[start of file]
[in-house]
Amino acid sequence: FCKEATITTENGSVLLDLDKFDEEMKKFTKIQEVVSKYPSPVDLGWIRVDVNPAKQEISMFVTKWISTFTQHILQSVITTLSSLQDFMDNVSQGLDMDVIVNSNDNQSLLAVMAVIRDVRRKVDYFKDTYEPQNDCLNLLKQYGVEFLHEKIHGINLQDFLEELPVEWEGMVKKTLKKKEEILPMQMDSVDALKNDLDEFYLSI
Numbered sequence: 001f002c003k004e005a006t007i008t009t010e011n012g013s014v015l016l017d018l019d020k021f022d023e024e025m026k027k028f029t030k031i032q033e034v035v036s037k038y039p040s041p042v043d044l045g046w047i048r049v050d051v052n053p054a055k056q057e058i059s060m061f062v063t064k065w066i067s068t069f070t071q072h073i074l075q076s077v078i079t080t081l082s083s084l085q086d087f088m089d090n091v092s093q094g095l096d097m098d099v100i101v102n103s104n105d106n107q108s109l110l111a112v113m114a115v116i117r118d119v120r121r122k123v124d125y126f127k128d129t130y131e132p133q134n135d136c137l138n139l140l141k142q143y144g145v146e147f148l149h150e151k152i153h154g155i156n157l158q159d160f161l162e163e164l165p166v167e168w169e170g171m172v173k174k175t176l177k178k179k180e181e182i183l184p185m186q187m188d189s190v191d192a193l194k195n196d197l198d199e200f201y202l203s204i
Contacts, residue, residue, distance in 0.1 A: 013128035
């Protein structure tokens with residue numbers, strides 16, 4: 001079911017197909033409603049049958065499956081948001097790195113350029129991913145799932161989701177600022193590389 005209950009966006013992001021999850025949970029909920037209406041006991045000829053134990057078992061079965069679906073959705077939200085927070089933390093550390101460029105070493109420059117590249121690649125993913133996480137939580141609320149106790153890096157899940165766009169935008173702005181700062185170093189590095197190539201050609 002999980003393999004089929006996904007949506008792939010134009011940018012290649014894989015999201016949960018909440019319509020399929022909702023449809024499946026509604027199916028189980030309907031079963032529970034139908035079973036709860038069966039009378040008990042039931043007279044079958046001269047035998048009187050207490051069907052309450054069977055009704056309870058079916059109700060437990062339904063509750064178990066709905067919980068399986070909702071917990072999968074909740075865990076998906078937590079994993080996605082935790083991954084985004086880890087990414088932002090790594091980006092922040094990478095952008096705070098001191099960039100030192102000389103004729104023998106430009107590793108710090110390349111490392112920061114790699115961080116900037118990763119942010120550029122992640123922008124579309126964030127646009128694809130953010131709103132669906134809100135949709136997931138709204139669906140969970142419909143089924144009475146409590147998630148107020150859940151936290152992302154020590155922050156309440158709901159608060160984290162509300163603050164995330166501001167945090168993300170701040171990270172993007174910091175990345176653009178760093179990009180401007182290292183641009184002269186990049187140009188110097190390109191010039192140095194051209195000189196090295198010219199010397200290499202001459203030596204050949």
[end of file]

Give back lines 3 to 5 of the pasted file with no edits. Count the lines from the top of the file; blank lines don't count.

Numbered sequence: 001f002c003k004e005a006t007i008t009t010e011n012g013s014v015l016l017d018l019d020k021f022d023e024e025m026k027k028f029t030k031i032q033e034v035v036s037k038y039p040s041p042v043d044l045g046w047i048r049v050d051v052n053p054a055k056q057e058i059s060m061f062v063t064k065w066i067s068t069f070t071q072h073i074l075q076s077v078i079t080t081l082s083s084l085q086d087f088m089d090n091v092s093q094g095l096d097m098d099v100i101v102n103s104n105d106n107q108s109l110l111a112v113m114a115v116i117r118d119v120r121r122k123v124d125y126f127k128d129t130y131e132p133q134n135d136c137l138n139l140l141k142q143y144g145v146e147f148l149h150e151k152i153h154g155i156n157l158q159d160f161l162e163e164l165p166v167e168w169e170g171m172v173k174k175t176l177k178k179k180e181e182i183l184p185m186q187m188d189s190v191d192a193l194k195n196d197l198d199e200f201y202l203s204i
Contacts, residue, residue, distance in 0.1 A: 013128035
């Protein structure tokens with residue numbers, strides 16, 4: 001079911017197909033409603049049958065499956081948001097790195113350029129991913145799932161989701177600022193590389 005209950009966006013992001021999850025949970029909920037209406041006991045000829053134990057078992061079965069679906073959705077939200085927070089933390093550390101460029105070493109420059117590249121690649125993913133996480137939580141609320149106790153890096157899940165766009169935008173702005181700062185170093189590095197190539201050609 002999980003393999004089929006996904007949506008792939010134009011940018012290649014894989015999201016949960018909440019319509020399929022909702023449809024499946026509604027199916028189980030309907031079963032529970034139908035079973036709860038069966039009378040008990042039931043007279044079958046001269047035998048009187050207490051069907052309450054069977055009704056309870058079916059109700060437990062339904063509750064178990066709905067919980068399986070909702071917990072999968074909740075865990076998906078937590079994993080996605082935790083991954084985004086880890087990414088932002090790594091980006092922040094990478095952008096705070098001191099960039100030192102000389103004729104023998106430009107590793108710090110390349111490392112920061114790699115961080116900037118990763119942010120550029122992640123922008124579309126964030127646009128694809130953010131709103132669906134809100135949709136997931138709204139669906140969970142419909143089924144009475146409590147998630148107020150859940151936290152992302154020590155922050156309440158709901159608060160984290162509300163603050164995330166501001167945090168993300170701040171990270172993007174910091175990345176653009178760093179990009180401007182290292183641009184002269186990049187140009188110097190390109191010039192140095194051209195000189196090295198010219199010397200290499202001459203030596204050949």